الصفحة 101 - Join voices, all ye living souls ; ye birds, That singing up to Heaven-gate ascend, Bear on your wings and in your notes his praise. Ye that in waters glide, and ye that walk The earth, and stately tread, or lowly creep ; Witness if I be silent, morn or even, To hill or valley, fountain or fresh shade, Made vocal by my song, and taught his praise. Hail, universal Lord ! be bounteous still To give us only good ; and if the night Have gathered aught of evil or concealed, Disperse it, as now light dispels...
الصفحة 101 - Whether to deck with clouds the uncolour'd sky, Or wet the thirsty earth with falling showers, Rising or falling still advance his praise. His praise, ye Winds, that from four quarters blow, Breathe soft or loud ; and, wave your tops, ye Pines, With every plant, in sign of worship wave.
الصفحة 141 - While the Union lasts we have high, exciting, gratifying prospects spread out before us, for us and our children. Beyond that I seek not to penetrate the veil. God grant that in my day, at least, that curtain may not rise. God grant that, on my vision, never may be opened what lies behind.
الصفحة 83 - Taught by the heavenly muse to venture down The dark descent and up to re-ascend, Though hard and rare ; thee I revisit safe, And feel thy sovereign vital lamp ; but thou Revisit'st not these eyes, that roll in vain To find thy piercing ray, and find no dawn ; So thick a drop serene hath quenched their orbs, Or dim suffusion veiled.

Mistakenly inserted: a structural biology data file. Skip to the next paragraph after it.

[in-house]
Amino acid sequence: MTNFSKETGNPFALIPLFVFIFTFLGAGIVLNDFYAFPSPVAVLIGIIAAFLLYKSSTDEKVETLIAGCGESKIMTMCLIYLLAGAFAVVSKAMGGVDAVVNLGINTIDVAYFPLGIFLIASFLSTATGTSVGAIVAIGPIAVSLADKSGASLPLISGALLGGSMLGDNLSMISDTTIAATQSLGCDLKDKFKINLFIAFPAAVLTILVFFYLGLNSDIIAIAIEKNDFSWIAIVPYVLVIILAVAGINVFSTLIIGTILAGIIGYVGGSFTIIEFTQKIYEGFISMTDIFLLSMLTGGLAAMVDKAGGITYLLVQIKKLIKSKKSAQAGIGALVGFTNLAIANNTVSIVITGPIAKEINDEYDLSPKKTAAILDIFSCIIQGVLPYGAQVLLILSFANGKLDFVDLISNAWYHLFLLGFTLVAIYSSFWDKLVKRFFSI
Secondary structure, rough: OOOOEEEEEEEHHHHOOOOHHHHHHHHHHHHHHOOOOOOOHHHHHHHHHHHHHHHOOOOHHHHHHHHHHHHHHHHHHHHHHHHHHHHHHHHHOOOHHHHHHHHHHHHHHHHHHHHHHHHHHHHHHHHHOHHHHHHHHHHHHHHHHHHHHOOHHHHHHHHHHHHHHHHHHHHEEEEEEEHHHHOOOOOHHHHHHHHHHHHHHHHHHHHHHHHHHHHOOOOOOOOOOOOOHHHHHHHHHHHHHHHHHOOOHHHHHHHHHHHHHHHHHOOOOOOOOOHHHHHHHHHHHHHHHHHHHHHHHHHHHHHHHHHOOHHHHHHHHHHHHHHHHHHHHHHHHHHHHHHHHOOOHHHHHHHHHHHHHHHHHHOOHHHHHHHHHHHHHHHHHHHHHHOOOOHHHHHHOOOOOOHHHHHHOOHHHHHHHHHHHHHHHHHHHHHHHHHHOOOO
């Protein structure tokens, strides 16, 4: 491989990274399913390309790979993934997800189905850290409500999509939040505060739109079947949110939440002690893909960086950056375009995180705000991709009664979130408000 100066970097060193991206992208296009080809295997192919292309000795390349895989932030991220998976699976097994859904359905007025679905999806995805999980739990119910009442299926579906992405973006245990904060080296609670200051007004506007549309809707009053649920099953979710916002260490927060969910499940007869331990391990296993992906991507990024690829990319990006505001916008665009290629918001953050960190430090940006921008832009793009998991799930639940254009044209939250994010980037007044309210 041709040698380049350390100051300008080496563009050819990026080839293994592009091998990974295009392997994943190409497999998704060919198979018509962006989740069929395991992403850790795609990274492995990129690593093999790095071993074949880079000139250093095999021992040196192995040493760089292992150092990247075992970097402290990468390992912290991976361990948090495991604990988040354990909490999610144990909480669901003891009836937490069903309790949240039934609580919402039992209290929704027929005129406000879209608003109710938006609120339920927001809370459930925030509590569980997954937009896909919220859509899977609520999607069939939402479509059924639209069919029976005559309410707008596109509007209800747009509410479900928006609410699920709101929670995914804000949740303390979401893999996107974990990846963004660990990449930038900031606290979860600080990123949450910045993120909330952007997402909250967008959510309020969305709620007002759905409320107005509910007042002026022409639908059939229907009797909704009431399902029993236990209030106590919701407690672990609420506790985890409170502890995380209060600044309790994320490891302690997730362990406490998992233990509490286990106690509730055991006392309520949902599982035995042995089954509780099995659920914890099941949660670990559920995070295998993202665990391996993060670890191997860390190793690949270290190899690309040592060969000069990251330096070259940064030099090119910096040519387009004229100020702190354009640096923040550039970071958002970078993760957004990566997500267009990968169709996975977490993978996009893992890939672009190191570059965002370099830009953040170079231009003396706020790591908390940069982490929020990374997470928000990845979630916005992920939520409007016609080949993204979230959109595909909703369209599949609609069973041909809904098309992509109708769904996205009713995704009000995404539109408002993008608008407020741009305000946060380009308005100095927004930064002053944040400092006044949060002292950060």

الصفحة 254 - Yet a few days and thee The all-beholding sun shall see no more In all his course; nor yet in the cold ground, Where thy pale form was laid, with many tears, Nor in the embrace of ocean, shall exist Thy image. Earth, that nourished thee, shall claim Thy growth, to be resolved to earth again; And, lost each human trace, surrendering up Thine individual being shall thou go To mix forever with the elements — To be a brother to the insensible rock, And to the sluggish clod, which the rude swain Turns...
الصفحة 149 - My conscience hath a thousand several tongues, And every tongue brings in a several tale, And every tale condemns me for a villain. Perjury, perjury, in the high'st degree; Murder, stern murder, in the direst degree; All several sins, all used in each degree, Throng to the bar, crying all 'Guilty! guilty!
الصفحة 102 - Caesar carelessly but nod on him. He had a fever when he was in Spain ; And, when the fit was on him, I did mark How he did shake : 'tis true, this god did shake : His coward lips did from their color fly ; And that same eye, whose bend doth awe the world, Did lose his lustre.